APOC 14-2 Group Photo(Honolulu) – Security practitioners from nine locations completed the Asia-Pacific Orientation Course (APOC 14-2) today at the Asia-Pacific Center for Security Studies (APCSS).

One hundred forty-one military and civilian Fellows attended the five-day course led by international doctorate-level faculty. Among the 141 Fellows, were eight APCSS staff, including Director Lt. Gen. (Ret.) Dan Leaf. The course enhanced attendees’ knowledge of critical socio-economic, military, political and cultural issues impacting the region’s evolving security relationships.

Fellows learned through a combination of lectures, seminars and 19 elective sessions focused on a variety of key topics. Among lecture titles were: “U.S. Foreign Policy and Diplomacy in the Asia-Pacific;” “Security Dynamics in South Asia;” and “Technologies Without Borders.” Electives centered on issues such as the Jammu/Kashmir conflict; public health and disease threats; and disaster paradigms.

“Our objective is to ensure attendees leave the APOC with a much greater understanding of the region’s security challenges as well as opportunities for multi-national cooperation,” said course manager Dr. Virginia Watson. “I believe the course prepared current and future leaders to play a role in enhancing Asia-Pacific stability,” she added.

A key emphasis point during the Sep 8 – 12 course was America’s declared “Rebalance” to the Asia-Pacific region. Faculty articulated the U.S.’ more concentrated effort to engage with current and potential allies in the region. Using the theme “Comprehensive Engagement,” faculty addressed the U.S. “rebalance” to Asia in terms of key regional actors, institutions, issues and engagement tools.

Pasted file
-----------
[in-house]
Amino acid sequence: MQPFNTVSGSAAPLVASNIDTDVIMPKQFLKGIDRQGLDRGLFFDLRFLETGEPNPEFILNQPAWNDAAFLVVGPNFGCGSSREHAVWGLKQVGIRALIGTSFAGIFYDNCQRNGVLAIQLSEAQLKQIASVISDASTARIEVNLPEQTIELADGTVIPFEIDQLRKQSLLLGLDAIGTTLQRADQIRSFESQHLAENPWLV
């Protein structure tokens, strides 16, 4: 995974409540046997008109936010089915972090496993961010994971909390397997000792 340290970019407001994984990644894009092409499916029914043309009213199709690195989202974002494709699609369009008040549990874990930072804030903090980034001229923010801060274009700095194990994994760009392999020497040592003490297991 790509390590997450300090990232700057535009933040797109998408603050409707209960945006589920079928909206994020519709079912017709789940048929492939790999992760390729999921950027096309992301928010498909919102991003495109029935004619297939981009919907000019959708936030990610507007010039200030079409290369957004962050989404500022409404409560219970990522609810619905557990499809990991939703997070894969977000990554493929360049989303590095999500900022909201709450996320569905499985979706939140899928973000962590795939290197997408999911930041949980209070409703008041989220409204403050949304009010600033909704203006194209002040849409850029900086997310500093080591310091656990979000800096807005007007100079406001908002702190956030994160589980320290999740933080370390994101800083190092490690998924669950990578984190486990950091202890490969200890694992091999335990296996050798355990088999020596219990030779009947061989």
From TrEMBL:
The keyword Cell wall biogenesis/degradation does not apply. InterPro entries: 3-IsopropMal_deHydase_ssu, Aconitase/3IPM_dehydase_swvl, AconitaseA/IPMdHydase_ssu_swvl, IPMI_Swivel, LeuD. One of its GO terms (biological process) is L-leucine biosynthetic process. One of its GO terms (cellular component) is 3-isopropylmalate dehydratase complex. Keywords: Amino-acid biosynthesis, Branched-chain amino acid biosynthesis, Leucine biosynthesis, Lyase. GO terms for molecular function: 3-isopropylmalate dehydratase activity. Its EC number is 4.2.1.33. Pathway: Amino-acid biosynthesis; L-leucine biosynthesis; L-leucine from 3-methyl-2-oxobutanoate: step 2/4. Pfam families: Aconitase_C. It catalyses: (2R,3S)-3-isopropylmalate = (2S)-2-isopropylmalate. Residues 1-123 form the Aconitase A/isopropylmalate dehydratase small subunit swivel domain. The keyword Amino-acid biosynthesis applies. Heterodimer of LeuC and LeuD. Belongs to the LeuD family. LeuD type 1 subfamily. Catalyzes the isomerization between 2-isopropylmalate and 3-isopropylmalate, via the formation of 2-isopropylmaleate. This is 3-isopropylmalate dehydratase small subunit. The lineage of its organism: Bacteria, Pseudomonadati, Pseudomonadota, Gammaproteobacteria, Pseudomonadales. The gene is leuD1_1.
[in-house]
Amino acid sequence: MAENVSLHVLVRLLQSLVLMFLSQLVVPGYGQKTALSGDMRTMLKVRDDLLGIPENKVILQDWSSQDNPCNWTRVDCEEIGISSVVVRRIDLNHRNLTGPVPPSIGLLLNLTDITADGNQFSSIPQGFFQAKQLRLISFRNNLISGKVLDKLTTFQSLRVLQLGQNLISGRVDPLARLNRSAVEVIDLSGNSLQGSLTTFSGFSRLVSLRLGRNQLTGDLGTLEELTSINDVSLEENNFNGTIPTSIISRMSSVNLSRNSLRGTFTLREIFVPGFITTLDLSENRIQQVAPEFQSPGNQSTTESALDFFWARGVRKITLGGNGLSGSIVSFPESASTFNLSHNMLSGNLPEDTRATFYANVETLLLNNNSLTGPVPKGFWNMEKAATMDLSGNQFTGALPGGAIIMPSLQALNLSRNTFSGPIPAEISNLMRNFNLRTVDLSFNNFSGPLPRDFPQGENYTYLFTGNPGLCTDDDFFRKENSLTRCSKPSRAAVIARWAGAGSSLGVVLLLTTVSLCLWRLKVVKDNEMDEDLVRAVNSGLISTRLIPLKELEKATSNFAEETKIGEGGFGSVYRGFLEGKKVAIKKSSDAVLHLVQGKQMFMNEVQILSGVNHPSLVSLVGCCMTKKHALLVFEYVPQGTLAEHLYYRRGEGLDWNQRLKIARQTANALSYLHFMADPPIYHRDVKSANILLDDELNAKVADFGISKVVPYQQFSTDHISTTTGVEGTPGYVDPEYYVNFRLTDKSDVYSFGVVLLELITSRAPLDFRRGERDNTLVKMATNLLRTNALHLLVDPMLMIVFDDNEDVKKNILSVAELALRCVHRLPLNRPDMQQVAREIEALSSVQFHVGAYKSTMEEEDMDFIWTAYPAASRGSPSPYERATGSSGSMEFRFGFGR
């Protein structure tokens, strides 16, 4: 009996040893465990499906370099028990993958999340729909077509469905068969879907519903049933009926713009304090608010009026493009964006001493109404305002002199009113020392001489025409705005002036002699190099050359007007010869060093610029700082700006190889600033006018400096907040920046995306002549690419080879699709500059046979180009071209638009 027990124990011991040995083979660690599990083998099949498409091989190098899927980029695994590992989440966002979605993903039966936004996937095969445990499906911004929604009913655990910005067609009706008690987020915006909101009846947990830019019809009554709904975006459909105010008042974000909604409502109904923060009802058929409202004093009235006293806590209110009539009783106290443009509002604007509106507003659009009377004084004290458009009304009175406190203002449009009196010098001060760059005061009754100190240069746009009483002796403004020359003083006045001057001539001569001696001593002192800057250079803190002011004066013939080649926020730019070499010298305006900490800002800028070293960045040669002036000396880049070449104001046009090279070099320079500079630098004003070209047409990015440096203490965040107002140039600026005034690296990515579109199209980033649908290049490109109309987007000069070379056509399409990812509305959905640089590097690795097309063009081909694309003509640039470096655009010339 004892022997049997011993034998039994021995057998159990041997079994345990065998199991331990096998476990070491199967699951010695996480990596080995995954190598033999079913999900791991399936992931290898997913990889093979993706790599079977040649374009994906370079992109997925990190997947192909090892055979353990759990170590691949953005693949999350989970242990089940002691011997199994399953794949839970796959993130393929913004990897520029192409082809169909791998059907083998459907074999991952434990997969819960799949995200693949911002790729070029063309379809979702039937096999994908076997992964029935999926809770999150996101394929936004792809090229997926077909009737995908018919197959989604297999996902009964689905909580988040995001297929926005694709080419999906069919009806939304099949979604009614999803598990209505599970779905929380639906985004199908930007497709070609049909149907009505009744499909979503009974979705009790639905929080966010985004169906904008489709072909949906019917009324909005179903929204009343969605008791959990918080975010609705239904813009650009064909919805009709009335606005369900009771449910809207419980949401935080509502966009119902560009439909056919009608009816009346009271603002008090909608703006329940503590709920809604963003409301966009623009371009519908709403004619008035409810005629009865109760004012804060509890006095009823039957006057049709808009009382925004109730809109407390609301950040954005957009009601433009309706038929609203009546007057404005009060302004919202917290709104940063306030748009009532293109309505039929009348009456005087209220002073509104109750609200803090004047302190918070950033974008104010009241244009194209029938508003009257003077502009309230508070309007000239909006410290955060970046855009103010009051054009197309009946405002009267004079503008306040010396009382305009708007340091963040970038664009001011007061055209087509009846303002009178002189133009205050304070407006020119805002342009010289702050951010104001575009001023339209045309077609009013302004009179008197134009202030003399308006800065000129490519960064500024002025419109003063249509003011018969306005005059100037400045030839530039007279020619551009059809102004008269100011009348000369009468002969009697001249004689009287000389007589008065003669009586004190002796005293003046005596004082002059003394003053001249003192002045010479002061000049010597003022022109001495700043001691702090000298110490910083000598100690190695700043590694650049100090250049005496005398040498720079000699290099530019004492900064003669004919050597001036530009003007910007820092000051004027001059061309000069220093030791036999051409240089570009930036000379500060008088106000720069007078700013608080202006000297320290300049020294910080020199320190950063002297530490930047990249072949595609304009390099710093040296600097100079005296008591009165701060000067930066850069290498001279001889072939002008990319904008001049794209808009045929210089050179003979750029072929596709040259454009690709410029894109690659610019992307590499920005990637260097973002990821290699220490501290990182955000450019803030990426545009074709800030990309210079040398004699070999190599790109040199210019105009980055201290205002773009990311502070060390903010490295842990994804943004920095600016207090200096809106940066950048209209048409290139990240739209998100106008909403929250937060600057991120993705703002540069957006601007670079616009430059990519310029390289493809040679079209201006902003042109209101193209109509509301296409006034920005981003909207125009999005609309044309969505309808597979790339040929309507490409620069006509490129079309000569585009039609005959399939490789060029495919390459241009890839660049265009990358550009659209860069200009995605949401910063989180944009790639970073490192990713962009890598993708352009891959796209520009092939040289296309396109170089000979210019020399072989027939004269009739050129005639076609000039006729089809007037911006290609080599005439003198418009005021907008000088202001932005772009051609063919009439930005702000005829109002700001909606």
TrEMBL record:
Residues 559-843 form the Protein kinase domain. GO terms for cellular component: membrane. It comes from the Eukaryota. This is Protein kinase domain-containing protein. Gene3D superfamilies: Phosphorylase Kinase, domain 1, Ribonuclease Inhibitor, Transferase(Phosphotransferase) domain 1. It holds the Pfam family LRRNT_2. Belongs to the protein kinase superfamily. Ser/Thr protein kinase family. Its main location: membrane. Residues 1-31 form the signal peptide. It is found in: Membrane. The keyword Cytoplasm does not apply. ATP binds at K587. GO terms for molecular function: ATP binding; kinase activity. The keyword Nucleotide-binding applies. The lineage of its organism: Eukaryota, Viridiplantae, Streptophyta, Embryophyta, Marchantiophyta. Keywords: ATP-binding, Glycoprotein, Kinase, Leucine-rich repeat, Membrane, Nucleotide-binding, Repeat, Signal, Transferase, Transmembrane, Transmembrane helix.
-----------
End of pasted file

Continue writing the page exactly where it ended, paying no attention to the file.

“The U.S. is identifying potentially new ways to adapt and transform its regional engagements in light of the area’s dynamic operating environment. Understanding the Asia-Pacific and its actors has never been more important for security practitioners,” Watson related.

Fellows were from Australia, Canada, New Caledonia, New Zealand, Singapore, South Korea, Taiwan, the United Kingdom and United States.

Australian Fellow Ronan Kaplan related, “My key take away from the course was the reality, importance, gravity and breadth of the rebalance to the Asia-Pacific. It was useful to be able to see the multiple channels through which the US Government is engaging the region and encouraging security.”

Ronan, a senior policy officer in the Australian Department of Defence, added, “The most informative session for (me) was the elective regarding China’s search for energy security…it represented a host of dynamics which will affect China and the wider region in the traditional security realm; and gave an insight into future possible non-traditional security challenges for other Asia-Pacific states.”

The APOC is one of six formal courses at the APCSS. The center is a Department of Defense institute that addresses regional and global security issues. Military and civilian representatives, most from the United States and Asia-Pacific nations, participate in a comprehensive program of executive education, professional exchanges and outreach events, both in Hawaii and throughout the Asia-Pacific region.

The Center supports the U.S. Pacific Command by developing and sustaining relationships among security practitioners and national security establishments throughout the region. APCSS’ mission is to build capacities and communities of interest by educating, connecting and empowering security practitioners to advance Asia-Pacific security. It is one of the Department of Defense’s five regional security studies centers.

Since opening in 1995, the Center has had more than 9,000 alumni representing over 122 countries and territories attend APCSS courses and workshops.

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